In my writing, I use “asynchronous learners” to refer to children who demonstrate age-atypically rapid development of one or more cognitive functions. Their development is chronologically out-of-sync with their age-mates’. The word “gifted” has traditionally been used to describe these learners. I feel that the word “gifted” is a problematically imprecise and confusing label with inflections that get in the way of communication (as I will explore on this blog).
I feel that “asynchronous learner” focuses one’s attention on what is the most salient issue in their development and the source of their special needs: namely, age-atypical asynchronous development. The “gifted” label is something that I plan to explore here on Minds On Fire.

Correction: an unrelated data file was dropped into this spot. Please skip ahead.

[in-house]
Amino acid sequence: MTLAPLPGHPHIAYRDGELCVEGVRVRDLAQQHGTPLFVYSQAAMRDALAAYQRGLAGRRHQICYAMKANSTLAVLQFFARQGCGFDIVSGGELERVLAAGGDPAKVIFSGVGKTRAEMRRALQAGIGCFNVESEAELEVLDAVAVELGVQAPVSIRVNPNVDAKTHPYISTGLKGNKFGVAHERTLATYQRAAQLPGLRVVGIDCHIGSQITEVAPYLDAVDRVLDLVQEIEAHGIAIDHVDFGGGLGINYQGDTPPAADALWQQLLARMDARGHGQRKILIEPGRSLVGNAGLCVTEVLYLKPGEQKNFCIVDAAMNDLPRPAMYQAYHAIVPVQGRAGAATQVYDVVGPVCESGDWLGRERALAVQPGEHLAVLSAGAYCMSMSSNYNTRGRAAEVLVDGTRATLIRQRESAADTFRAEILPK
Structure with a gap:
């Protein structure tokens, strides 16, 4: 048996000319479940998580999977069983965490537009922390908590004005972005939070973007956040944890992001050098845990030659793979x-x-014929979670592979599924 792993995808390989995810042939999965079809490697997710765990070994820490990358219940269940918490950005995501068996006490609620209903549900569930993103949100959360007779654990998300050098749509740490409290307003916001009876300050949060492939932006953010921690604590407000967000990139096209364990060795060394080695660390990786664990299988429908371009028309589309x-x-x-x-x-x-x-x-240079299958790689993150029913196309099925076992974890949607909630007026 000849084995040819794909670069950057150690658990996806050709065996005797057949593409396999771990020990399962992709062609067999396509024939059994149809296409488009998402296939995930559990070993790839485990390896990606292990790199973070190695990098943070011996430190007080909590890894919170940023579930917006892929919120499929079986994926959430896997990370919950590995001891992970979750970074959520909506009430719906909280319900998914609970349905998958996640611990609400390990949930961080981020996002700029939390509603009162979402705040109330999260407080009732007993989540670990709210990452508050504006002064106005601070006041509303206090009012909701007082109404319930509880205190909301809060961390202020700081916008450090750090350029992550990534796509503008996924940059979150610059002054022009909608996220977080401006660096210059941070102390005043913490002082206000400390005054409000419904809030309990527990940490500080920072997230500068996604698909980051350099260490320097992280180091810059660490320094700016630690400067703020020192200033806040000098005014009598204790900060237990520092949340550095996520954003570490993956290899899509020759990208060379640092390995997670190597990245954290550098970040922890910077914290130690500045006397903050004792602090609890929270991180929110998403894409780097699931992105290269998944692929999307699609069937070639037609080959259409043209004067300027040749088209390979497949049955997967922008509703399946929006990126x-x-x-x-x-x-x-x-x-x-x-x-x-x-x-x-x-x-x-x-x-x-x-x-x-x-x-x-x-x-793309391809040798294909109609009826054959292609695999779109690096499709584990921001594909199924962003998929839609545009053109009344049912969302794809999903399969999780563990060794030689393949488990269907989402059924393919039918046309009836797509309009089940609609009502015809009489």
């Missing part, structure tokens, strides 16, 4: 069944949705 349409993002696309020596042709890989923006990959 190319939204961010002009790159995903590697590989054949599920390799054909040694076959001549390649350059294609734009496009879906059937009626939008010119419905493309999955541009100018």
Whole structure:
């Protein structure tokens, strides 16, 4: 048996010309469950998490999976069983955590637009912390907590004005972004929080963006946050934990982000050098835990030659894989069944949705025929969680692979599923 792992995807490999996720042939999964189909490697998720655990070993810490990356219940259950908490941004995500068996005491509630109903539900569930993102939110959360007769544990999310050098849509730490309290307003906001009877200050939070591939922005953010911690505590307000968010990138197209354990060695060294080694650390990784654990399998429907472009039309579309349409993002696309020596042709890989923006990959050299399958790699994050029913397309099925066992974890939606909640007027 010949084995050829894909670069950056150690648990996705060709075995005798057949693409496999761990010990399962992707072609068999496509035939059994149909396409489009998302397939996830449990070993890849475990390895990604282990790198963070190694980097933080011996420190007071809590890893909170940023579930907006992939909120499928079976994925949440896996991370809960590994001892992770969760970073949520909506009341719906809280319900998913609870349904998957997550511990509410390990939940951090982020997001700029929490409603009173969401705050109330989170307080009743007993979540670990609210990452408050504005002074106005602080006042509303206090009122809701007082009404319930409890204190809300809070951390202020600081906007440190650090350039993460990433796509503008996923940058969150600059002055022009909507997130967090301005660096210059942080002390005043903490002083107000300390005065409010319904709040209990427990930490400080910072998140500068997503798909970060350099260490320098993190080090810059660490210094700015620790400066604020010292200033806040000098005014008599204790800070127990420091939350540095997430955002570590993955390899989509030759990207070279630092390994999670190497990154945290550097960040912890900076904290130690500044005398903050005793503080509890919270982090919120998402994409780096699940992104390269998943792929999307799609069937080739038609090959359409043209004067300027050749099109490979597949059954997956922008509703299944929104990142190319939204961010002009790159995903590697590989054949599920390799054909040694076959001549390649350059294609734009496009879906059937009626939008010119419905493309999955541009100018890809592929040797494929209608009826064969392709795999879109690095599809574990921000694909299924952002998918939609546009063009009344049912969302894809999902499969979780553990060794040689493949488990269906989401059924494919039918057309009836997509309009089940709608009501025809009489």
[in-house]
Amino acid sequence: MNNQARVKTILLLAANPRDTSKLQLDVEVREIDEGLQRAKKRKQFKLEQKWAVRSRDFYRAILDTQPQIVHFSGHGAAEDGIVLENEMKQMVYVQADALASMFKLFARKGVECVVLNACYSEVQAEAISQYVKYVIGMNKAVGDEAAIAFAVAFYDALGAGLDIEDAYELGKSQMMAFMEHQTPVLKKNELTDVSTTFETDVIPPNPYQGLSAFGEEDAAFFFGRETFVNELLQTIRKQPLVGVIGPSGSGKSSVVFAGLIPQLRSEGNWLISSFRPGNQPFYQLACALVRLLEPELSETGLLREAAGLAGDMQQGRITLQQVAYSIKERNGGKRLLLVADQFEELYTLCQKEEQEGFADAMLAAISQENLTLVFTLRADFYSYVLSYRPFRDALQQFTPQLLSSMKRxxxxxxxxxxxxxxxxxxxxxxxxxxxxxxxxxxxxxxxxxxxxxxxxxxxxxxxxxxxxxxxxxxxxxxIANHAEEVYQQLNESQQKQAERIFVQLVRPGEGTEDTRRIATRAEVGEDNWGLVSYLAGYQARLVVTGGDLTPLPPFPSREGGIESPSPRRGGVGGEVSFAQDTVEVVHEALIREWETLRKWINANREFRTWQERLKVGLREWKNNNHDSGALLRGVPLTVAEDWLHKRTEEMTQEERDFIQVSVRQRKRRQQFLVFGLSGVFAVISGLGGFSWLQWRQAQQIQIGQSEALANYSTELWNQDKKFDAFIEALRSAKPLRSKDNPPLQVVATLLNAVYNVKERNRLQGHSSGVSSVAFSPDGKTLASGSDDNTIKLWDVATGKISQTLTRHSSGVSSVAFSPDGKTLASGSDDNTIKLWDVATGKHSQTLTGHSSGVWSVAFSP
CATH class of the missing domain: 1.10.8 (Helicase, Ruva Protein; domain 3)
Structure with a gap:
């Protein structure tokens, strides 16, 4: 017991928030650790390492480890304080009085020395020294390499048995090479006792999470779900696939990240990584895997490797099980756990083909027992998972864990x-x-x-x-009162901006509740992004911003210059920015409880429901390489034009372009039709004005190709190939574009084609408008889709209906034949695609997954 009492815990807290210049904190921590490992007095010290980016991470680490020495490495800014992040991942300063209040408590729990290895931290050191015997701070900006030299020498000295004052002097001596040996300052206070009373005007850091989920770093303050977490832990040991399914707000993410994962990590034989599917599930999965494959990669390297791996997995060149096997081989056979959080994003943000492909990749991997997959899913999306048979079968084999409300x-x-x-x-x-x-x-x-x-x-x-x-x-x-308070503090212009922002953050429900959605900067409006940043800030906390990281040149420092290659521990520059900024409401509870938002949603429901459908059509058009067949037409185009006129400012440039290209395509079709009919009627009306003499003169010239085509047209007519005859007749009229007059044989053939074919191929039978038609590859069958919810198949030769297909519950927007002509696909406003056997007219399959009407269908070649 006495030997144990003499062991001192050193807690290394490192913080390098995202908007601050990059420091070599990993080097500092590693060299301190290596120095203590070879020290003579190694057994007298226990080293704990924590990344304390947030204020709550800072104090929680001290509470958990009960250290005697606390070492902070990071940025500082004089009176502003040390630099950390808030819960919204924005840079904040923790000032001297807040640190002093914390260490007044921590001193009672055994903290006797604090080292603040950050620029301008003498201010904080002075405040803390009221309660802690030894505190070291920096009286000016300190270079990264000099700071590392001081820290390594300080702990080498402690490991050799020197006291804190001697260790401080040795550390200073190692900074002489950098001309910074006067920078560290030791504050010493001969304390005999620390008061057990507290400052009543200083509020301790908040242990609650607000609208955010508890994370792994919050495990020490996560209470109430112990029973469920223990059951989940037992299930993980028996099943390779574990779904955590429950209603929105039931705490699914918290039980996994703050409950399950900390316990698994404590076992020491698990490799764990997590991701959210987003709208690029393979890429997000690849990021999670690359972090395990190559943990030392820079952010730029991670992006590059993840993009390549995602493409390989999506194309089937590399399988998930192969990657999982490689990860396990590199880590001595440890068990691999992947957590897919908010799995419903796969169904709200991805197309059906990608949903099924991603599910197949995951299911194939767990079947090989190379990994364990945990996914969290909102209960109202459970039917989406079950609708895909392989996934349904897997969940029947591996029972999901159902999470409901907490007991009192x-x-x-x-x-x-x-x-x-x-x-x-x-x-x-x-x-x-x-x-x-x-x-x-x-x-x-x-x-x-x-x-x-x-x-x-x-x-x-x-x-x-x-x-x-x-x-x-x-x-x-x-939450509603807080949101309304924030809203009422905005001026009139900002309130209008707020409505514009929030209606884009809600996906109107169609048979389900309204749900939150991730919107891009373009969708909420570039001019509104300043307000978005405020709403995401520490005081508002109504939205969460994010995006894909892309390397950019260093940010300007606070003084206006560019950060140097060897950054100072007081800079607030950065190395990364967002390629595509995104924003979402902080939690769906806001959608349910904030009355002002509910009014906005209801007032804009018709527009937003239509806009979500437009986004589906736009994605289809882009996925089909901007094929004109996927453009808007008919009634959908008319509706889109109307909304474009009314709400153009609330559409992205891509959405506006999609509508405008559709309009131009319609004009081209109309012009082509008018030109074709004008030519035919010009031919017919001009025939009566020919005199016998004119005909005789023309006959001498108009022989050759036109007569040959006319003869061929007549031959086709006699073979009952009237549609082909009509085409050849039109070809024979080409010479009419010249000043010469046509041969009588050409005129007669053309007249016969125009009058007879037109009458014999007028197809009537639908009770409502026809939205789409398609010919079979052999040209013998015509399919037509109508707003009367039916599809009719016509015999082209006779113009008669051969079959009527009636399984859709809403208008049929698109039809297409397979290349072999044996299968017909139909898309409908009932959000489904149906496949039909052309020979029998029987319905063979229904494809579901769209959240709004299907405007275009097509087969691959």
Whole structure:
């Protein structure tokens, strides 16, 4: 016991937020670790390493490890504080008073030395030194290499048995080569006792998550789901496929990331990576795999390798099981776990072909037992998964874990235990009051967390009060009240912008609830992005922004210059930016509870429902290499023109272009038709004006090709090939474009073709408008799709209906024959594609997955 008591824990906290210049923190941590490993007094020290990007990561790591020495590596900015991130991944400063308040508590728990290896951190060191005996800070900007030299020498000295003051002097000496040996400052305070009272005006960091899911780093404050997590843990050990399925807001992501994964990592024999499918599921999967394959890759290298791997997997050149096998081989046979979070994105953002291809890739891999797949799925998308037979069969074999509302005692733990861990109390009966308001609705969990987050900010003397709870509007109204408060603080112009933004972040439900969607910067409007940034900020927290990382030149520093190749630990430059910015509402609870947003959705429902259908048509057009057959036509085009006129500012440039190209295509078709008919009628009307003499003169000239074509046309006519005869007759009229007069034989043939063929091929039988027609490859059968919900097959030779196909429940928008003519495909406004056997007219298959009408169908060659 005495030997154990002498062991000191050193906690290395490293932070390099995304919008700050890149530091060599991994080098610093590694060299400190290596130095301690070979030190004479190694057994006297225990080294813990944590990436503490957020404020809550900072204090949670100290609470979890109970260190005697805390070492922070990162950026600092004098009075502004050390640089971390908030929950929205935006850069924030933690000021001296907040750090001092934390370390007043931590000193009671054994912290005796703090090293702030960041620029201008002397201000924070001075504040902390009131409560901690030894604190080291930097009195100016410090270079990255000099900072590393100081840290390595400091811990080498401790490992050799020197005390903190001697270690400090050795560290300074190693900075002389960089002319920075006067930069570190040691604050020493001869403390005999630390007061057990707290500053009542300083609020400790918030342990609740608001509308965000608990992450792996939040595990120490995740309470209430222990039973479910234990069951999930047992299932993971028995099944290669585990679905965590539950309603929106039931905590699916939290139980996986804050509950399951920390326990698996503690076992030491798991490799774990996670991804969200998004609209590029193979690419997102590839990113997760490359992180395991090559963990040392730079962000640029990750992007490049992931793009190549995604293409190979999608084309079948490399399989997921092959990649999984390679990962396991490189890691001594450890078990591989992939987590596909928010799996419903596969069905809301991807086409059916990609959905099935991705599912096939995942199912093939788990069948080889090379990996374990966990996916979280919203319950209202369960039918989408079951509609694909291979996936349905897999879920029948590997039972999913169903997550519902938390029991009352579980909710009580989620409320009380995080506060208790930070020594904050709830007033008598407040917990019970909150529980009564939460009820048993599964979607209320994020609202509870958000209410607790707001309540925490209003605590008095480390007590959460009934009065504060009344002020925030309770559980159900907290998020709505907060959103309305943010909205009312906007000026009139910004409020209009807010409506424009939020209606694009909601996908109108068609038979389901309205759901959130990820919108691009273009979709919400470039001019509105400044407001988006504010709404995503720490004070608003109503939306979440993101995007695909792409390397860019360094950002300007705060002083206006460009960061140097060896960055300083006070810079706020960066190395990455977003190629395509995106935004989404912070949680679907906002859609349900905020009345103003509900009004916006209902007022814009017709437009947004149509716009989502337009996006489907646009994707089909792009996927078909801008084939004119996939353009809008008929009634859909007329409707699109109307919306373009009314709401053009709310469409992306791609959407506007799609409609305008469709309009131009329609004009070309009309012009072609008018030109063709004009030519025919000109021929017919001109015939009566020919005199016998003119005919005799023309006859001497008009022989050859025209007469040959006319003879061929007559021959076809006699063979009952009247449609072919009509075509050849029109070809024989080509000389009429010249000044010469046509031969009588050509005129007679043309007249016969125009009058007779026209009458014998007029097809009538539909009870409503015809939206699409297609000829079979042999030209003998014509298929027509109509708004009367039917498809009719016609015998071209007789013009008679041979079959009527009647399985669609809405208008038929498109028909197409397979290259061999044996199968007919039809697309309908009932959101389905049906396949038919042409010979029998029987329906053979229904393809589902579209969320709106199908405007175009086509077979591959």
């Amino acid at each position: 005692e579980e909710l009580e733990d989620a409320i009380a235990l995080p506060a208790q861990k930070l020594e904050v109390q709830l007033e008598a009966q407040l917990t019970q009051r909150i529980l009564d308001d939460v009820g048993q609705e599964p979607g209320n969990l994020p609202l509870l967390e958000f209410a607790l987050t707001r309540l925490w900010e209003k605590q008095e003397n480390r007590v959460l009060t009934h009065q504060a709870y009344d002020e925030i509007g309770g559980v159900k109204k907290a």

I generally will use uneven development to refer to intrapersonal asynchronicity in order to avoid confusion with the two ways that a child’s development can be out of sync. Frequently, asynchronous learners’ various faculties develop out-of-sync with respect to each other (when compared to more typical children). A highly asynchronous learner might be years ahead of their age-mates in mathematical reasoning but only less extremely or not at all ahead in reading and/or writing. For example, Terry Tao, one of the world’s leading mathematicians, scored 760 on the math SAT at age 8 but 290 on the verbal test (answering the questions randomly would earn a score of 230). A child might be advanced in cognitive domains but lag in areas like executive function or social/emotional development.
Uneven development can be a source of great frustration and contribute to a child’s sense that there is something wrong with them — since their classmates often don’t experience these same struggles.
Asynchronous Learners by Edward Spiegel is licensed under a Creative Commons Attribution-NonCommercial-NoDerivatives 4.0 International License.